A cloud of nuclear mistrust spreads around the world.
After decades of lies, nuclear reassurances now fall on deaf ears
Special report for The Independent of London by Michael McCarthy
Wednesday, 16 March 2011
It is unprecedented: four atomic reactors in dire trouble at once, three threatening meltdown from overheating, and a fourth hit by a fire in its storage pond for radioactive spent fuel.
All day yesterday, dire reports continued to circulate about the Fukushima Daiichi nuclear plant, faced with disaster after Japan’s tsunami knocked out its cooling systems. Some turned out to be false: for example, a rumour, disseminated by text message, that radiation from the plant had been spreading across Asia. Others were true: that radiation at about 20 times normal levels had been detected in Tokyo; that Chinese airlines had cancelled flights to the Japanese capital; that Austria had moved it embassy from Tokyo to Osaka; that a 24-hour general store in Tokyo’s Roppongi district had sold out of radios, torches, candles and sleeping bags.
But perhaps the most alarming thing was that although Naoto Kan, Japan’s Prime Minister, once again appealed for calm, there are many – in Japan and beyond – who are no longer prepared to be reassured.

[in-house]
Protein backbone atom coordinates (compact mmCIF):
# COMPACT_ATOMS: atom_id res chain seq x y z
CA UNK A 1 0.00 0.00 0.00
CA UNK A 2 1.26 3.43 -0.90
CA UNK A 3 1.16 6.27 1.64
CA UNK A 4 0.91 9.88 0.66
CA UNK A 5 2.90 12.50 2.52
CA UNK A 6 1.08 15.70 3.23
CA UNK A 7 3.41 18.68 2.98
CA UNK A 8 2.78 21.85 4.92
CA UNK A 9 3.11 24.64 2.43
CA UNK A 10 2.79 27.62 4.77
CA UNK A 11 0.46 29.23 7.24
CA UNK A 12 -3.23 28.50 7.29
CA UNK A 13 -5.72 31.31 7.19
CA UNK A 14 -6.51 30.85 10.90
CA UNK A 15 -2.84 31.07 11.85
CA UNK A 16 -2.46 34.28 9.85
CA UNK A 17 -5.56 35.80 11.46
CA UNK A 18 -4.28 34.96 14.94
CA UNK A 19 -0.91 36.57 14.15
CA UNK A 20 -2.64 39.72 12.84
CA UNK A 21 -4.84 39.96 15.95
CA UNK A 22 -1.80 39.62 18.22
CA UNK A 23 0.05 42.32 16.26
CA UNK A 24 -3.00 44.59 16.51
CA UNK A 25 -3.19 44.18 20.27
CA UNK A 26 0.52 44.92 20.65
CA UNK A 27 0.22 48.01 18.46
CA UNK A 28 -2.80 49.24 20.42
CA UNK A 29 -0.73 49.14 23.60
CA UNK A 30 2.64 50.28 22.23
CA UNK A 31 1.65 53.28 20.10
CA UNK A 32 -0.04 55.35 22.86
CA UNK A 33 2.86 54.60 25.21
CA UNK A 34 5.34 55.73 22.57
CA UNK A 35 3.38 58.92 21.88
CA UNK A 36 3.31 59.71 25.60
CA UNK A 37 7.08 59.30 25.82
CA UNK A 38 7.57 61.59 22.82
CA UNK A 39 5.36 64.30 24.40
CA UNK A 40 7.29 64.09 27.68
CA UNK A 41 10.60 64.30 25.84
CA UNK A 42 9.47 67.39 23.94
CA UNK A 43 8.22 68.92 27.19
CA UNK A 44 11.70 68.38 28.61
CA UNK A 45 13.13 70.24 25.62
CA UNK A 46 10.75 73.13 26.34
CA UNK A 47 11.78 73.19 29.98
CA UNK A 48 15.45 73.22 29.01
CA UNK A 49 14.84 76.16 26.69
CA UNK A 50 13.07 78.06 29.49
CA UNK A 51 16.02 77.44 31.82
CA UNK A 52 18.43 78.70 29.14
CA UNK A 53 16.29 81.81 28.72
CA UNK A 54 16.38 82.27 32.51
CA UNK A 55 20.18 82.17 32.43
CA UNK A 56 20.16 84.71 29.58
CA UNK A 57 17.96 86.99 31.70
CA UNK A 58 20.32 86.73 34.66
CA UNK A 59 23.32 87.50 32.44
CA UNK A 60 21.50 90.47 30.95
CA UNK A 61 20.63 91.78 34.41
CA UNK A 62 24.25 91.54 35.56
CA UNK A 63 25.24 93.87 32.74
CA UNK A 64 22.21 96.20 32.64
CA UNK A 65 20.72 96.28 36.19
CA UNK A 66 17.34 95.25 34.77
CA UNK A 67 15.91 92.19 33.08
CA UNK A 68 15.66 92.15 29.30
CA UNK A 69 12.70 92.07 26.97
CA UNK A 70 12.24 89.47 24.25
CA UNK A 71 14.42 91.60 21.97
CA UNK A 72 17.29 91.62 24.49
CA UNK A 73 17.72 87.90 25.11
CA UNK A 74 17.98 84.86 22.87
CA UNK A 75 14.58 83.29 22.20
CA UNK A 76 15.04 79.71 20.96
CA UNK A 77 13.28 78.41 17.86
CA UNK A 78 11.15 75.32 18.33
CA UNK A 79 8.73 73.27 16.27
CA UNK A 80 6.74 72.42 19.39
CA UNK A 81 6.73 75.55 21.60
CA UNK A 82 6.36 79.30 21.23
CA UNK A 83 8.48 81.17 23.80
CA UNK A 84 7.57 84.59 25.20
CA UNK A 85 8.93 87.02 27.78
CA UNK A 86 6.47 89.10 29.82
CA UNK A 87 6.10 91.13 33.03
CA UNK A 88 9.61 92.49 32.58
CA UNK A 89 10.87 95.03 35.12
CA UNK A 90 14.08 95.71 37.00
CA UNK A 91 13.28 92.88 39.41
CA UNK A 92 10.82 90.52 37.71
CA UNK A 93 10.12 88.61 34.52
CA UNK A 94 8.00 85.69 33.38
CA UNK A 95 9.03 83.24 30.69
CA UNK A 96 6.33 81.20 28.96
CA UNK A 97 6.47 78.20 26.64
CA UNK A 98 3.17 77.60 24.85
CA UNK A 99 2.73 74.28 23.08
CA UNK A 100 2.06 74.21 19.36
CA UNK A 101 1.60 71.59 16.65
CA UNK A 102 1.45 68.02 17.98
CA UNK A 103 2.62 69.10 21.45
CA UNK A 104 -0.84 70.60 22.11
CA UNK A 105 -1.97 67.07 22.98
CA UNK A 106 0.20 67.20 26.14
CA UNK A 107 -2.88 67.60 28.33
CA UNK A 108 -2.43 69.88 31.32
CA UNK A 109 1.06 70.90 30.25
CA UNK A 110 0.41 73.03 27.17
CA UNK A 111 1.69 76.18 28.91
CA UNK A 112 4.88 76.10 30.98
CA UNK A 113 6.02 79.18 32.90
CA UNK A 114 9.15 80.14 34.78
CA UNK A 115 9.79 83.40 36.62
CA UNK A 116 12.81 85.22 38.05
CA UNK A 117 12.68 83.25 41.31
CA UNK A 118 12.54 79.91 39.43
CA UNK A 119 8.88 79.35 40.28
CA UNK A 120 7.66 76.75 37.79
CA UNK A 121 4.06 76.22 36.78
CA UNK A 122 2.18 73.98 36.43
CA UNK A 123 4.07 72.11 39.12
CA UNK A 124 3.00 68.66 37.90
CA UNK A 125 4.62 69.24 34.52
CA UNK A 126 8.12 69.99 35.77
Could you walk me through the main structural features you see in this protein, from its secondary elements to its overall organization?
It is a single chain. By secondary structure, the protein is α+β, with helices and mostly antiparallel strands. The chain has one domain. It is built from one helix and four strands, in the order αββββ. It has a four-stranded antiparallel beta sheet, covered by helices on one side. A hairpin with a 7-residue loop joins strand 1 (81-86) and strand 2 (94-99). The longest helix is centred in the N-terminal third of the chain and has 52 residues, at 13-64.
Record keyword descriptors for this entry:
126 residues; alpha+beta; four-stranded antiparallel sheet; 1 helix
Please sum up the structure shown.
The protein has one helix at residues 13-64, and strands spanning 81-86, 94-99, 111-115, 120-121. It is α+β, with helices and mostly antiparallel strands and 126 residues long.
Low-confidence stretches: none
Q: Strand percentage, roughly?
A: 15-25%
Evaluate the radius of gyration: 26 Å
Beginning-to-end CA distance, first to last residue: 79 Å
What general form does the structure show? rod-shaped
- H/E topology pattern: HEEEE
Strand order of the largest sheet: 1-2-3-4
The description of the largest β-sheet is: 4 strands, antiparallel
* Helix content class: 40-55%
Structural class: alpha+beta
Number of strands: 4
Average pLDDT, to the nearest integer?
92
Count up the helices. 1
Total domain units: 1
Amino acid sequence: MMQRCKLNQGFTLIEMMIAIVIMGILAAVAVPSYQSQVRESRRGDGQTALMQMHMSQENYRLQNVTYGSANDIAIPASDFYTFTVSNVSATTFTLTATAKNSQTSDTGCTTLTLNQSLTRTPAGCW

And first palpable direct result – see Germany closes seven of its oldest reactors.
- Workers temporarily retreat from Japan nuclear plant
- Thousands flee Tokyo as experts try to calm contamination fears
- No hysterical outbursts, just an endless stream of quiet grief
- Huhne orders checks on nuclear power station safety systems
- Christina Patterson: What do we do with tragedy like the one in Japan?
- Thousands told to stay inside as plant leaks radiation
- Jeremy Laurance: The scale of the disaster will be revealed in radiation sickness
- Germany closes seven of its oldest reactors
- Japan: Triumph of the spirit
- The clean-up crews who risk everything
- Panic over Japan triggers market turmoil
- Fed policy unchanged despite global shocks
- Hamish McRae: This tragedy will have an impact far beyond Japan
- David Prosser: The stock market is a poor guide to the consequences of Japan